Legal Matters: Britons Held at Guantanamo Bay to Face Military Tribunals
The four Britons detained at Guantanamo Bay will face special military tribunals within a month, it was reported yesterday.
Military officials hearing the cases will presume that Moazzam Begg, from Sparkhill, Birmingham, Feroz Abbasi, Martin Mubanga and Richard Belmar are enemy combatants, The Guardian newspaper said.
The Pentagon said it was unable to confirm or deny the report.
The move comes despite a pledge by the US to Attorney General Lord Goldsmith last year that the Britons at Guantanamo Bay would not face military commissions.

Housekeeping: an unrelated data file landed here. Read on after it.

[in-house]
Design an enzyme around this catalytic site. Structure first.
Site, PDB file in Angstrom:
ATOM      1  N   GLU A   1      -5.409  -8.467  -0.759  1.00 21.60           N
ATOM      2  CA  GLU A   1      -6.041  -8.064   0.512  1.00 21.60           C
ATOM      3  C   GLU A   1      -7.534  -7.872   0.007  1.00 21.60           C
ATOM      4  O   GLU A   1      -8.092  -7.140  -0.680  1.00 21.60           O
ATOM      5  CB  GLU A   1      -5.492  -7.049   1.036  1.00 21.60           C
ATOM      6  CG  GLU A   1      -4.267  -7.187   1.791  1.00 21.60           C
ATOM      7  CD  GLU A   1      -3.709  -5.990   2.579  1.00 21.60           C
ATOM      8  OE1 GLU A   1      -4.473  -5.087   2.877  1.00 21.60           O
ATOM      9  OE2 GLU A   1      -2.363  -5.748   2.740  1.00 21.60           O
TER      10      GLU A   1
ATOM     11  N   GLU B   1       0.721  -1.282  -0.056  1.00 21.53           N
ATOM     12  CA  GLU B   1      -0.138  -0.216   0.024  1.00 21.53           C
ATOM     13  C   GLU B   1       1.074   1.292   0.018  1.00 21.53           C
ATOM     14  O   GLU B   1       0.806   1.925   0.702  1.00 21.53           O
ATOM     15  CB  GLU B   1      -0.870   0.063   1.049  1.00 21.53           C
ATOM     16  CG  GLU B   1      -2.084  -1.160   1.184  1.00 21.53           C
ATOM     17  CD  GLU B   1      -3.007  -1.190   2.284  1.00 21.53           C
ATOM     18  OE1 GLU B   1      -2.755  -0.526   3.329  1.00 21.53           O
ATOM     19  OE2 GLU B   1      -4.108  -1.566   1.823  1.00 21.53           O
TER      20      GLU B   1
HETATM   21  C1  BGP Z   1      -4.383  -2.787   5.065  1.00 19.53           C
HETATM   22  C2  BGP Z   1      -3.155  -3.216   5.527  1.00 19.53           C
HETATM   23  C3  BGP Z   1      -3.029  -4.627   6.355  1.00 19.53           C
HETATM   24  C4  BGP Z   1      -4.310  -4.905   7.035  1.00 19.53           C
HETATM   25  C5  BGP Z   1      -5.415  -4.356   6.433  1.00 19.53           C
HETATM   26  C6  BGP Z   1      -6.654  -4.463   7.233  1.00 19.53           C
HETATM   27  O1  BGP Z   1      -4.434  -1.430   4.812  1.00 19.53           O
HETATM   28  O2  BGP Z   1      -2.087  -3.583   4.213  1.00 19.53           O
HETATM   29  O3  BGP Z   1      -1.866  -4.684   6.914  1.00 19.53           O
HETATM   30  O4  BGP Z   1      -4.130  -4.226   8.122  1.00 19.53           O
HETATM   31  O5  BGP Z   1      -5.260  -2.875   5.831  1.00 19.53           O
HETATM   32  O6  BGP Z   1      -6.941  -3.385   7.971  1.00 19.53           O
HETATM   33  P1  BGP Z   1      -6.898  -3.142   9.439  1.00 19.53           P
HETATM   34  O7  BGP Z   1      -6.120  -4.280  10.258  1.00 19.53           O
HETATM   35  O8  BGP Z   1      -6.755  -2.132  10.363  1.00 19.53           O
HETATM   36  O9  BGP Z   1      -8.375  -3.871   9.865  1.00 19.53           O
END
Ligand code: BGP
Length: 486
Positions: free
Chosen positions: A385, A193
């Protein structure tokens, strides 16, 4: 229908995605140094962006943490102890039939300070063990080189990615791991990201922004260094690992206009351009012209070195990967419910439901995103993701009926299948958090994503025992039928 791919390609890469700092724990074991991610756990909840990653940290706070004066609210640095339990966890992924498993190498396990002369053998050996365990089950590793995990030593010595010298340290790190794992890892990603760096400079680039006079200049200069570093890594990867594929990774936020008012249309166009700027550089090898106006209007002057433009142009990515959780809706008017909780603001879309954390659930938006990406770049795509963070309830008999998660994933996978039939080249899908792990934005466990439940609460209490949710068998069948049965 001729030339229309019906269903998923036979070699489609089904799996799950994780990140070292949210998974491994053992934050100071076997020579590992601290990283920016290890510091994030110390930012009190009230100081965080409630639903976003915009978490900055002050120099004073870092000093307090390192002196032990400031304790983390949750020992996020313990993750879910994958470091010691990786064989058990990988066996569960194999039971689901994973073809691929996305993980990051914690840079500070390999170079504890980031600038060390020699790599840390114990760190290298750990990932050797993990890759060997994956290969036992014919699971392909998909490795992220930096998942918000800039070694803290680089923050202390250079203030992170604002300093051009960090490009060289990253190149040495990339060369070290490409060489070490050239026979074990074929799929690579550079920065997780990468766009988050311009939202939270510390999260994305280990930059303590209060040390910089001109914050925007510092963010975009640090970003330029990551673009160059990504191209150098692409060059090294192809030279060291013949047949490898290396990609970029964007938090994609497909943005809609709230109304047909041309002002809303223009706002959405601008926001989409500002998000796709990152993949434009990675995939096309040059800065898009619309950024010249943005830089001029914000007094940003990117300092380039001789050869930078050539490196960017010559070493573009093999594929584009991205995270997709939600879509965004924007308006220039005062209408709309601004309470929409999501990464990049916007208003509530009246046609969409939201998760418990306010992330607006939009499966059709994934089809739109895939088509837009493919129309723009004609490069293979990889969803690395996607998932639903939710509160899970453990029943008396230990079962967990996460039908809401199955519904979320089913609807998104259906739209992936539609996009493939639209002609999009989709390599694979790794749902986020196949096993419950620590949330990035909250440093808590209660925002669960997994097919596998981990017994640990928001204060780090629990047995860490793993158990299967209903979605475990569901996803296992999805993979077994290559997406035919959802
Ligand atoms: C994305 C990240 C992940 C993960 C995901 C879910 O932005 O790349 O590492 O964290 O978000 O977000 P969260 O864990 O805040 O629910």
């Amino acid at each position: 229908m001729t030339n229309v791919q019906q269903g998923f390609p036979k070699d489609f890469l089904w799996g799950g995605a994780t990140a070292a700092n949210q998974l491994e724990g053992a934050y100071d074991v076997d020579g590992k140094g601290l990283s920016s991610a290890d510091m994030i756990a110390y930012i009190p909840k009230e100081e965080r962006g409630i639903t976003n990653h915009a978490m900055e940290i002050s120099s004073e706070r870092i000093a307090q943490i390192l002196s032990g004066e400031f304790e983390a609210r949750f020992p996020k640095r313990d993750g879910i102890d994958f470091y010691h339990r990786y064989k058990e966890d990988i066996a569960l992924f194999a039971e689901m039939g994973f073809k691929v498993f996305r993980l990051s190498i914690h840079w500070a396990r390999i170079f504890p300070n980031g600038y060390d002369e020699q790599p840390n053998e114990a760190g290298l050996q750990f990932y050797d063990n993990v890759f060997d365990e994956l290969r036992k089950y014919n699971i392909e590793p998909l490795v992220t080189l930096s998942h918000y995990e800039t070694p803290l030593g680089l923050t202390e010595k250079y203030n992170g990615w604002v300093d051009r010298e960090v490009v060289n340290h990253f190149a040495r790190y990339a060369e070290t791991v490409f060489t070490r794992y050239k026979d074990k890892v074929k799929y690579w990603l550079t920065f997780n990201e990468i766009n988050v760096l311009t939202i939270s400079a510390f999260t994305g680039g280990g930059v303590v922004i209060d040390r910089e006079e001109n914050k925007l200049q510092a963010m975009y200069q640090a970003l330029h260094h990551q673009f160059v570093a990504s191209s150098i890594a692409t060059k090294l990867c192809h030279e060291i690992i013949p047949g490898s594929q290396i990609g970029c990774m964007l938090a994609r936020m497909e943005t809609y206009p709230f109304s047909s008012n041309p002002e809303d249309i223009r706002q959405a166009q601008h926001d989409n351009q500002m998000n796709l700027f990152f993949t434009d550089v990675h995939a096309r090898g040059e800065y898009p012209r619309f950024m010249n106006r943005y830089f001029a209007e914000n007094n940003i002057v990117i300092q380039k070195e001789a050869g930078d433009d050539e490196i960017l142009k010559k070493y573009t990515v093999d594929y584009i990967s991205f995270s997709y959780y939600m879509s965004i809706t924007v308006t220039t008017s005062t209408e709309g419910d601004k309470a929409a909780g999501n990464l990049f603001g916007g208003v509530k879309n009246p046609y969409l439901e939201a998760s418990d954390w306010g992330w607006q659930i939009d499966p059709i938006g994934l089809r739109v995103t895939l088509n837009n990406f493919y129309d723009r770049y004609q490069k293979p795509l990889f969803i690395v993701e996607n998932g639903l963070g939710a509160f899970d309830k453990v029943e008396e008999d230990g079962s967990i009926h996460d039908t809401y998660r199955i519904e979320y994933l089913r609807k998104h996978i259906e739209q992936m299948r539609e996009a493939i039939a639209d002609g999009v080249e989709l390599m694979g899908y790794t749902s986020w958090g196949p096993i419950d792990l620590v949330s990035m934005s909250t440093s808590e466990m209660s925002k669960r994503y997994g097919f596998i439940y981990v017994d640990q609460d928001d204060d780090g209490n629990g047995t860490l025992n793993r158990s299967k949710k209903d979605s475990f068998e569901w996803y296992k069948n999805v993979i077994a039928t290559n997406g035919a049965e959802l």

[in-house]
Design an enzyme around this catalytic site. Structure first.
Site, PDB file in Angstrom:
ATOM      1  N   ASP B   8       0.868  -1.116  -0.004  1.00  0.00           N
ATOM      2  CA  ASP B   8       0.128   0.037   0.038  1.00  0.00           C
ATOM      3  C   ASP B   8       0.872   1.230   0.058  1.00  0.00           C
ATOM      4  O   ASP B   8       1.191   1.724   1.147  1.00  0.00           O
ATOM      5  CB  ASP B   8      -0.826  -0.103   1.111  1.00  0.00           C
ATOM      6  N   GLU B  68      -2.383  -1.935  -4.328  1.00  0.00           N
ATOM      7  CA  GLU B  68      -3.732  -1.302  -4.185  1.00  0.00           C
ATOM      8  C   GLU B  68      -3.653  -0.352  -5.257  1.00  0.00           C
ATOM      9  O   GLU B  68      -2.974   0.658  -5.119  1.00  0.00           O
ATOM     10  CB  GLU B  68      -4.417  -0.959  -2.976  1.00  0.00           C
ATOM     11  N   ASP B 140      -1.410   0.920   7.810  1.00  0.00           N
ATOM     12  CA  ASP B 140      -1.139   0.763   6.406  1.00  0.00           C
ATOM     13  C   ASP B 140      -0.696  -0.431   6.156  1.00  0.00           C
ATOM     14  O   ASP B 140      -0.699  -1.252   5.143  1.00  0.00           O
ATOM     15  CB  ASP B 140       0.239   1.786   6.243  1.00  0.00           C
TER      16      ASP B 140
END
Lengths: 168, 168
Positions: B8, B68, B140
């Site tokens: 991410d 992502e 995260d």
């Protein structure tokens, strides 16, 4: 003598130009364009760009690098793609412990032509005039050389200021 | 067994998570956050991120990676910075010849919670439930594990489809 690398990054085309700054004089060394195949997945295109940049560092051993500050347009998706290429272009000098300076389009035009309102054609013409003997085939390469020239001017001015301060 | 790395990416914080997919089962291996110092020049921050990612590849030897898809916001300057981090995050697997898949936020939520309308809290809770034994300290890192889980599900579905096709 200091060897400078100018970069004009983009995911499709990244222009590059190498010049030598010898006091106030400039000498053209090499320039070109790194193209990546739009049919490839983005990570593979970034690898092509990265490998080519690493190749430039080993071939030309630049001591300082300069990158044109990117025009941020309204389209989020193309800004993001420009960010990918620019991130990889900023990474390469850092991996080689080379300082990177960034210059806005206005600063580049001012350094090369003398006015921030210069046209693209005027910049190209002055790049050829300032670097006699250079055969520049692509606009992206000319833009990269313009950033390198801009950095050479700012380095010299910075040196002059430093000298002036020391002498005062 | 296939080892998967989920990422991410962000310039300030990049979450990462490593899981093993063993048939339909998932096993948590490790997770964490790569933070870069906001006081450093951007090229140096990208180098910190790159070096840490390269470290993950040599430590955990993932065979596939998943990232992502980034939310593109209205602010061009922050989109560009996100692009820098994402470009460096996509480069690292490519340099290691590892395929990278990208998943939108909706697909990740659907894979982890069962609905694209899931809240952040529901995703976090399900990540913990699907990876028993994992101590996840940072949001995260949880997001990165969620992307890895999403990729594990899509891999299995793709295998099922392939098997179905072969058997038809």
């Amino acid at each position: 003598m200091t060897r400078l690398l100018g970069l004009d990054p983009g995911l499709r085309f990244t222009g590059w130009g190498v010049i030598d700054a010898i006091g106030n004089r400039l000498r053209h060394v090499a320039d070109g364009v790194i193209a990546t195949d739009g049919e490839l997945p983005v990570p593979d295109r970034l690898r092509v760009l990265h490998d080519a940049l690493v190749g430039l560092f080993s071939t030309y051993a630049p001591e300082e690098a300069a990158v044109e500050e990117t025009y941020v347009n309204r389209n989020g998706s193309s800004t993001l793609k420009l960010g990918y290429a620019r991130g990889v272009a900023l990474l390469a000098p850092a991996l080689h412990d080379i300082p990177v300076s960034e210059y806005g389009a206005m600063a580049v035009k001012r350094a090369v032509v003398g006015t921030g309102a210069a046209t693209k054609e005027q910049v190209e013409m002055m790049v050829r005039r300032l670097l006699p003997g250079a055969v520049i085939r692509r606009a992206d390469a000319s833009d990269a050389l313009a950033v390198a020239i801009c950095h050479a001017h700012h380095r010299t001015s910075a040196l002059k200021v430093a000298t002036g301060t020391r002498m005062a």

Documents reportedly seen by the newspaper show that the four men will have no right to a lawyer during the 'combatant status review tribunals', at the prison camp on Cuba. Instead, a US military representative will pass the comments and arguments of the detainees on to superiors.
The documents also reportedly state that the tribunals will work on the assumption that the case against the four men is 'genuine and accurate'.
Second-hand information and hearsay, which would not be admissible in a normal US court, will be allowed.
'The tribunal is not bound by the rules of evidence such as would apply in a court of law,' the documents reportedly state.
'Instead, the tribunal shall be free to consider any information it deems relevant and helpful.'
Among the documents is a letter from Thomas Lee, the US deputy assistant attorney general, saying that the tribunals for the Britons will be completed by mid-October. …